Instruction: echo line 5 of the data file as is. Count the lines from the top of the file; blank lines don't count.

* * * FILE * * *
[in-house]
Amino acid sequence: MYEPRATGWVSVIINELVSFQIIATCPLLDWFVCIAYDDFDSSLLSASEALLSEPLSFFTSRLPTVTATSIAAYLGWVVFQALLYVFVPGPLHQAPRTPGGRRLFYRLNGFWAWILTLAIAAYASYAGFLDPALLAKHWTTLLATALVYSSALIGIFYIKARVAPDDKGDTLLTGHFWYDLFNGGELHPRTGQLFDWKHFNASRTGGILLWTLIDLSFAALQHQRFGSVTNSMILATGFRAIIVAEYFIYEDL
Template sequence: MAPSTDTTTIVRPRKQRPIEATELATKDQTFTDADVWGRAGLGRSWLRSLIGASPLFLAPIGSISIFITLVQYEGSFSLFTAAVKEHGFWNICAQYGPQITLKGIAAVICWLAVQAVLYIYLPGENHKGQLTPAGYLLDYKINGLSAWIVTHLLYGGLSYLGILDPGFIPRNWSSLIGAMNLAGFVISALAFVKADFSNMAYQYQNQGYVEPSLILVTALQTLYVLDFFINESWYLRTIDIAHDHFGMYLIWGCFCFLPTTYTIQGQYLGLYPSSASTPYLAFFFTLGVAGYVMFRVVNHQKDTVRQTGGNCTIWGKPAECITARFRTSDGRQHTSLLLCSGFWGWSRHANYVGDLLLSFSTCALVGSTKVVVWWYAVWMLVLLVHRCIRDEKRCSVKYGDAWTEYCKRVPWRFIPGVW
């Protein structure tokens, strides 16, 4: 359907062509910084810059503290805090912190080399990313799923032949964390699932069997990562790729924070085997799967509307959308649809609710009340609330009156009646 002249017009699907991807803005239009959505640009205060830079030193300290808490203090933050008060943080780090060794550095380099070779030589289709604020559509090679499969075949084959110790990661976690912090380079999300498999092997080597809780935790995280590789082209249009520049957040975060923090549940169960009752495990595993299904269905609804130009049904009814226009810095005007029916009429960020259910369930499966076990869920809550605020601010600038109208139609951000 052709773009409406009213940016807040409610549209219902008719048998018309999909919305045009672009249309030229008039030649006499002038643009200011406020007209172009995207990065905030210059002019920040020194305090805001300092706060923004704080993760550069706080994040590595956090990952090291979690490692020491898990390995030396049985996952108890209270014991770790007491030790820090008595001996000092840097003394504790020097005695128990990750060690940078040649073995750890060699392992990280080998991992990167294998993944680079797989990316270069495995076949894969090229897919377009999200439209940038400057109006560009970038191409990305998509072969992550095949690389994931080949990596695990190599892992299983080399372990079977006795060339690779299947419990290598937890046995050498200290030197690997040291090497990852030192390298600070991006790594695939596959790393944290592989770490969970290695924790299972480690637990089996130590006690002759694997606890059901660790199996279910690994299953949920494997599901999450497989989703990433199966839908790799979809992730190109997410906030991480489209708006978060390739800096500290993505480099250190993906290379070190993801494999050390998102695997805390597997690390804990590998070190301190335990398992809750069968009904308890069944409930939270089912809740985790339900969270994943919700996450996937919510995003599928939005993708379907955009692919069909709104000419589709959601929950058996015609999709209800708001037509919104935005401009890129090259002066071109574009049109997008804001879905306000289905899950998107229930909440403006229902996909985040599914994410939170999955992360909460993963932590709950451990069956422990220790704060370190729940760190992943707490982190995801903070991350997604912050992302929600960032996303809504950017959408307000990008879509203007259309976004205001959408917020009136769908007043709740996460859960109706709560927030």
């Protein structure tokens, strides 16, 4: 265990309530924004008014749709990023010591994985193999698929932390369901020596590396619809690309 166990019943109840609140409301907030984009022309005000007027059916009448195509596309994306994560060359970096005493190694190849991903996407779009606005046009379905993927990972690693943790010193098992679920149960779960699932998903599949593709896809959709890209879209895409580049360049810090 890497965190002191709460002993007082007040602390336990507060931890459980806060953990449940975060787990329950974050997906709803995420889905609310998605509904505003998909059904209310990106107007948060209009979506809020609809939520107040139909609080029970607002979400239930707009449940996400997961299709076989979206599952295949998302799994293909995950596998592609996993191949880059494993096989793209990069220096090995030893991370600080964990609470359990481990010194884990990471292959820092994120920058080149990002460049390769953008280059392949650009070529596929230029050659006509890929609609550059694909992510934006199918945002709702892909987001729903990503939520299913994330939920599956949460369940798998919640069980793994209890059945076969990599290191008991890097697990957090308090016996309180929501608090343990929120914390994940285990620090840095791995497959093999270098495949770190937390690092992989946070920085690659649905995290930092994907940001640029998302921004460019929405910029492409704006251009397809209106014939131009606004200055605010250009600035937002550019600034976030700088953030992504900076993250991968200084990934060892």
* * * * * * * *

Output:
């Protein structure tokens, strides 16, 4: 265990309530924004008014749709990023010591994985193999698929932390369901020596590396619809690309 166990019943109840609140409301907030984009022309005000007027059916009448195509596309994306994560060359970096005493190694190849991903996407779009606005046009379905993927990972690693943790010193098992679920149960779960699932998903599949593709896809959709890209879209895409580049360049810090 890497965190002191709460002993007082007040602390336990507060931890459980806060953990449940975060787990329950974050997906709803995420889905609310998605509904505003998909059904209310990106107007948060209009979506809020609809939520107040139909609080029970607002979400239930707009449940996400997961299709076989979206599952295949998302799994293909995950596998592609996993191949880059494993096989793209990069220096090995030893991370600080964990609470359990481990010194884990990471292959820092994120920058080149990002460049390769953008280059392949650009070529596929230029050659006509890929609609550059694909992510934006199918945002709702892909987001729903990503939520299913994330939920599956949460369940798998919640069980793994209890059945076969990599290191008991890097697990957090308090016996309180929501608090343990929120914390994940285990620090840095791995497959093999270098495949770190937390690092992989946070920085690659649905995290930092994907940001640029998302921004460019929405910029492409704006251009397809209106014939131009606004200055605010250009600035937002550019600034976030700088953030992504900076993250991968200084990934060892």